Thermal modeling of waste cylinders in a large container

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The Fuel Conditioning Facility at the Idaho National Engineering and Environmental Engineering Laboratory, INEEL, is to produce a spent fuel waste product which is essentially a heat-generating ceramic cylinder with a very tight-fitting stainless steel clad. The size of this waste product, which is under development, is such that many of them will fit into one of the large cylindrical containers being considered for use at the Yucca Mountain repository in Nevada. A key concern is how to size the waste cylinders and arrange them inside the container so that the space within the container is efficiently used and ceramic ... continued below

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6 p.

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Feldman, E.E. October 1, 1997.

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Description

The Fuel Conditioning Facility at the Idaho National Engineering and Environmental Engineering Laboratory, INEEL, is to produce a spent fuel waste product which is essentially a heat-generating ceramic cylinder with a very tight-fitting stainless steel clad. The size of this waste product, which is under development, is such that many of them will fit into one of the large cylindrical containers being considered for use at the Yucca Mountain repository in Nevada. A key concern is how to size the waste cylinders and arrange them inside the container so that the space within the container is efficiently used and ceramic temperatures above about 600 C are not reached. The waste cylinders are all the same size and are uniformly arranged in layers on a triangular pitch. A layer is formed by placing a number of waste cylinders together and orienting them as if they were cans sitting on a shelf. Here the shelf is a flat circular surface whose diameter is that of the inside of the container, 1.481 m (58.3 in). Many parallel shelves, or layers, of cylinders are placed one above the next inside the container. Three packaging concepts were considered for a layer: (1) the cylinders are separated only by open spaces, (2) a metallic, high thermal conductivity matrix is used which has holes (on a triangular pitch) in which the cylinders are centered, and (3) each cylinder is centered in a hexagonal-shaped tube and the tubes are placed side by side to form a large hexagon which fits inside the large container. All three concepts are thermally acceptable. For Concept 1 the temperatures are somewhat insensitive to the choice of fill gas, loose packing is preferable, and 3, 19, and 91 cylinders provide similar good results.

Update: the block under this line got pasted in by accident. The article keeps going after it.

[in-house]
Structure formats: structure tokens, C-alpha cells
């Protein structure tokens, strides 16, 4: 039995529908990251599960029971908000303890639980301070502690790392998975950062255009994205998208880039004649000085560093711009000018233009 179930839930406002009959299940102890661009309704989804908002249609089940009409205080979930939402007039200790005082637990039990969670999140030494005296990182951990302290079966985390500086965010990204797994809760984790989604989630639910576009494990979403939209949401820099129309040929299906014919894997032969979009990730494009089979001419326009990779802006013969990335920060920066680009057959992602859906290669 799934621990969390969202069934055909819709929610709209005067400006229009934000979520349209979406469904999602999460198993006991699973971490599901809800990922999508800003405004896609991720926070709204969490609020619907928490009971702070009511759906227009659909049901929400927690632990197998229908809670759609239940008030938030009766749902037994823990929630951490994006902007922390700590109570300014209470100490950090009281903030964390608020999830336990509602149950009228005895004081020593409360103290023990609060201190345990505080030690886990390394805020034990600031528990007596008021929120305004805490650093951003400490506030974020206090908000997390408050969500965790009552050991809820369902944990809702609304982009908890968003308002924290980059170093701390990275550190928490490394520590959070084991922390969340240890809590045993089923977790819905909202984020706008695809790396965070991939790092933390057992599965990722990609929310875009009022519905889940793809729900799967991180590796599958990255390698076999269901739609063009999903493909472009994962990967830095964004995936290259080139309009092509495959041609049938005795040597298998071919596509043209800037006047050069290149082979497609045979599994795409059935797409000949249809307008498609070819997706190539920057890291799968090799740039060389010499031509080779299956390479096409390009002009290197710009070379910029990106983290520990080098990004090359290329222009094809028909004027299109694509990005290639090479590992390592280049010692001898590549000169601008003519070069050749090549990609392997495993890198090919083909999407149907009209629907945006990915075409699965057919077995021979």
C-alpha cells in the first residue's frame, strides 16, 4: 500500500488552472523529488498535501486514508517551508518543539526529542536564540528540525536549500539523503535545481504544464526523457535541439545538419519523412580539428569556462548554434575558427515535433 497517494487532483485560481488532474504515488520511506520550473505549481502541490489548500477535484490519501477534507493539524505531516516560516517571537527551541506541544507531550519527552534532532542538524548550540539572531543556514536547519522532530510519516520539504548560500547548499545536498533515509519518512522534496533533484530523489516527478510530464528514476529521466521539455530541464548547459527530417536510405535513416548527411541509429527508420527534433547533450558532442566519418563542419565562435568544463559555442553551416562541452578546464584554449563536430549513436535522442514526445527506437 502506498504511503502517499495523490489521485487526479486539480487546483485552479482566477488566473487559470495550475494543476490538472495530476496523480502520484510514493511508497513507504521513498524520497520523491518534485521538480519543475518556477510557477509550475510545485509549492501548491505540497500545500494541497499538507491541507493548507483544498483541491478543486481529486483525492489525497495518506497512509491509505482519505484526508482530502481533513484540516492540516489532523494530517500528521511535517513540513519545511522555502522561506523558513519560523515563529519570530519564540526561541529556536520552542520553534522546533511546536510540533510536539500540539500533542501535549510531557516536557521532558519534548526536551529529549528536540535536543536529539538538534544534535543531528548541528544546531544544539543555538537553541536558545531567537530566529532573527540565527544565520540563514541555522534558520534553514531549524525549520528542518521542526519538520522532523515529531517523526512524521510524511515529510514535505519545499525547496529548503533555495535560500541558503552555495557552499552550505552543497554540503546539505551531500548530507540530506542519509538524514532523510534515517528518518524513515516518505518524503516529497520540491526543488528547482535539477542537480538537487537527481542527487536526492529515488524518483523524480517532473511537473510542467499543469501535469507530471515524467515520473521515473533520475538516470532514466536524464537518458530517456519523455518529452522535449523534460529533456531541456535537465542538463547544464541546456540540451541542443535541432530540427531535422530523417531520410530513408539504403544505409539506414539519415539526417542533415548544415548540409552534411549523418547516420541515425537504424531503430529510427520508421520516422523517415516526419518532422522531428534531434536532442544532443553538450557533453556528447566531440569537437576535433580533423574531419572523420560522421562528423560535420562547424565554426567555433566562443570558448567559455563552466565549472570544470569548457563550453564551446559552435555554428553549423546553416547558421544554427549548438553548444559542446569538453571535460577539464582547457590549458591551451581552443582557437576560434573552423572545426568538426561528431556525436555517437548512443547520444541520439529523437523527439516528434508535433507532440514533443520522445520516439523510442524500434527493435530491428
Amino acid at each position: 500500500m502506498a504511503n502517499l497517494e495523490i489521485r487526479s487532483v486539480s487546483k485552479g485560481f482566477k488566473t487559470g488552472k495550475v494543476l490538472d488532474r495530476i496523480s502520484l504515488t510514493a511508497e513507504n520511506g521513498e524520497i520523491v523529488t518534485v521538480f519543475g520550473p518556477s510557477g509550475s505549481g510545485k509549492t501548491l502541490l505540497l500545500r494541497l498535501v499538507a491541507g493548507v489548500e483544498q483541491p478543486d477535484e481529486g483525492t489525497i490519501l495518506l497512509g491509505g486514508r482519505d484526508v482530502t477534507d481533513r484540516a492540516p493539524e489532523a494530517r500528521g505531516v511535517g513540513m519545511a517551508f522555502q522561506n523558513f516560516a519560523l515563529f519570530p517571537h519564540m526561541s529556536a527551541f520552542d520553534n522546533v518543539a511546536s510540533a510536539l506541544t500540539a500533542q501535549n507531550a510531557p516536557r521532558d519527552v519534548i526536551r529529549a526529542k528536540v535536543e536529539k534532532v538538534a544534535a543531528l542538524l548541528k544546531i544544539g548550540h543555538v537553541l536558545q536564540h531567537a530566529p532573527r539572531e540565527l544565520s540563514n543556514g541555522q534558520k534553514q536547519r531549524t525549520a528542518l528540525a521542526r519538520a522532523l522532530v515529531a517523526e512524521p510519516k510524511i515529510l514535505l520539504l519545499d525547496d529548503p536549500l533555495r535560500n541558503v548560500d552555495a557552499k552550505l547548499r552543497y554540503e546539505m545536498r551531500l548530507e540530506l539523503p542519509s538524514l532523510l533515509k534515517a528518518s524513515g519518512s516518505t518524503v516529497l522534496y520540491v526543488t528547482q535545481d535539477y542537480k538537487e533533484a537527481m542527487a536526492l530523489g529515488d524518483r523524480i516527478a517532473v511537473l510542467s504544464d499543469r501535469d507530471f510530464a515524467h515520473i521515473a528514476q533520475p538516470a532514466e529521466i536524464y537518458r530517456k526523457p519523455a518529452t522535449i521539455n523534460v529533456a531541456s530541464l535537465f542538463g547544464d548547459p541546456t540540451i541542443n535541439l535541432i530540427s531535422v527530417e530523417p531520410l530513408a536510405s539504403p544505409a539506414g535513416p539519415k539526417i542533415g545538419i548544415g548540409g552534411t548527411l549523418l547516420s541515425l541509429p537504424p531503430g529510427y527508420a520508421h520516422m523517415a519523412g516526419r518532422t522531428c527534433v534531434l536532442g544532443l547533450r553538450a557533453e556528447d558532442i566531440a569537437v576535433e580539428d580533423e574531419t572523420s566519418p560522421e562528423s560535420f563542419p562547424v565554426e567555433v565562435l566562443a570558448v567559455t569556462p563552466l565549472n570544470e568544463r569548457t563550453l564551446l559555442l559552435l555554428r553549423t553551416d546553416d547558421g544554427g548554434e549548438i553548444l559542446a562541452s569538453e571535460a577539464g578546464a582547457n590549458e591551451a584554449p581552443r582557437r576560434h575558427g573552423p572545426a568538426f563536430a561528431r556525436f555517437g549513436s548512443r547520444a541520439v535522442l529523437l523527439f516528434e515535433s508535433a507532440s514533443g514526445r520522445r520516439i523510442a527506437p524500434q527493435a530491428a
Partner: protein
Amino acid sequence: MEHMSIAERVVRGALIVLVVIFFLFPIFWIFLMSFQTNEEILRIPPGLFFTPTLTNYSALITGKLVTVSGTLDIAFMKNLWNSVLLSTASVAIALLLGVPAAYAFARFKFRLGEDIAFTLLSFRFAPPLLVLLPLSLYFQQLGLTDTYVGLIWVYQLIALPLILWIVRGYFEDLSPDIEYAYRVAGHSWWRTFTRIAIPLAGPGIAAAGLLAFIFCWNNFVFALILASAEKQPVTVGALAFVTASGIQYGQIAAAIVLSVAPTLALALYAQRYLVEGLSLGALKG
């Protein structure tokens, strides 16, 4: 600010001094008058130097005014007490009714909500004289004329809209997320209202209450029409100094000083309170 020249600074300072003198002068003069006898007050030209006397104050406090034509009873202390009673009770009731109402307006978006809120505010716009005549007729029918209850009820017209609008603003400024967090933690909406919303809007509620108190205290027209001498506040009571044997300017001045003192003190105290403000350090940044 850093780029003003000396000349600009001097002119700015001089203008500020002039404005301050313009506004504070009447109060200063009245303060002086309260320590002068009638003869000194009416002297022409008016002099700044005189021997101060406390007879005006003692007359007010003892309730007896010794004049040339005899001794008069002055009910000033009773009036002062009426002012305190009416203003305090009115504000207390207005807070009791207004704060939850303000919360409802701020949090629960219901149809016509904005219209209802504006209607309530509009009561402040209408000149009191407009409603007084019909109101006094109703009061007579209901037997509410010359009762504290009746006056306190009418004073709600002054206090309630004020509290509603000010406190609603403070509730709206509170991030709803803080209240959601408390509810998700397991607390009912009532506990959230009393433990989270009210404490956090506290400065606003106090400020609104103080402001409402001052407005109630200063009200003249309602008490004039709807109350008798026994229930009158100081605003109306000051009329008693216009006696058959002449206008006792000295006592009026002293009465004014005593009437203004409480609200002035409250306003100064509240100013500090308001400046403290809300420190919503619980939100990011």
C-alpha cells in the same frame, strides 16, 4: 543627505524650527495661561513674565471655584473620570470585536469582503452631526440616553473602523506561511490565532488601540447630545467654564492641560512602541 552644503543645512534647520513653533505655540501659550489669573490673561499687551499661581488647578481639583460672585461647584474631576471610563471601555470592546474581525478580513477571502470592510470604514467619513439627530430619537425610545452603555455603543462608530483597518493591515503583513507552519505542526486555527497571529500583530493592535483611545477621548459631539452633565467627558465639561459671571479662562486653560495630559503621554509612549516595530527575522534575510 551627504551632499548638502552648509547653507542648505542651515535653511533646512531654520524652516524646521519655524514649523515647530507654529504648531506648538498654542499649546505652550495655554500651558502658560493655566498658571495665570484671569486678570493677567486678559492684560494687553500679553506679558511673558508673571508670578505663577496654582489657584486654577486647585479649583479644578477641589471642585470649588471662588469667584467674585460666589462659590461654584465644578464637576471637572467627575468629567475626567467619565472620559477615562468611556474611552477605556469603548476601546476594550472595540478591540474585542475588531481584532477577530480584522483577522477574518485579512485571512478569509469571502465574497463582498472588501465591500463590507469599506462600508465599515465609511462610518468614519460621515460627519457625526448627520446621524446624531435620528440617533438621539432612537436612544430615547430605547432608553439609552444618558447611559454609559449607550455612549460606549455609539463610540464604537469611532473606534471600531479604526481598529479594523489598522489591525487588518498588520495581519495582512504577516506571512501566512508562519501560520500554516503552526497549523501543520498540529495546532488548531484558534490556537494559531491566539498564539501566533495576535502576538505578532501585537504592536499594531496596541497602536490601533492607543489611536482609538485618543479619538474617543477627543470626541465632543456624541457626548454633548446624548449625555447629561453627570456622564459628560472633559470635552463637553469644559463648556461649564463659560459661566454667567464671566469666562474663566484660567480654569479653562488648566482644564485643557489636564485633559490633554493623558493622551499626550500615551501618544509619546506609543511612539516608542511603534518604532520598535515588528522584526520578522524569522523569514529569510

Physical Description

6 p.

Notes

INIS; OSTI as DE98050374

Source

  • 1998 international high-level radioactive waste management conference, Las Vegas, NV (United States), 11-14 May 1998

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  • Other: DE98050374
  • Report No.: ANL/RA/CP--94745
  • Report No.: CONF-980516--
  • Grant Number: W-31109-ENG-38
  • Office of Scientific & Technical Information Report Number: 645513
  • Archival Resource Key: ark:/67531/metadc692056

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Office of Scientific & Technical Information Technical Reports

Reports, articles and other documents harvested from the Office of Scientific and Technical Information.

Office of Scientific and Technical Information (OSTI) is the Department of Energy (DOE) office that collects, preserves, and disseminates DOE-sponsored research and development (R&D) results that are the outcomes of R&D projects or other funded activities at DOE labs and facilities nationwide and grantees at universities and other institutions.

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Creation Date

  • October 1, 1997

Added to The UNT Digital Library

  • Aug. 14, 2015, 8:43 a.m.

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  • May 16, 2016, 6:08 p.m.

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Feldman, E.E. Thermal modeling of waste cylinders in a large container, article, October 1, 1997; United States. (digital.library.unt.edu/ark:/67531/metadc692056/: accessed December 10, 2017), University of North Texas Libraries, Digital Library, digital.library.unt.edu; crediting UNT Libraries Government Documents Department.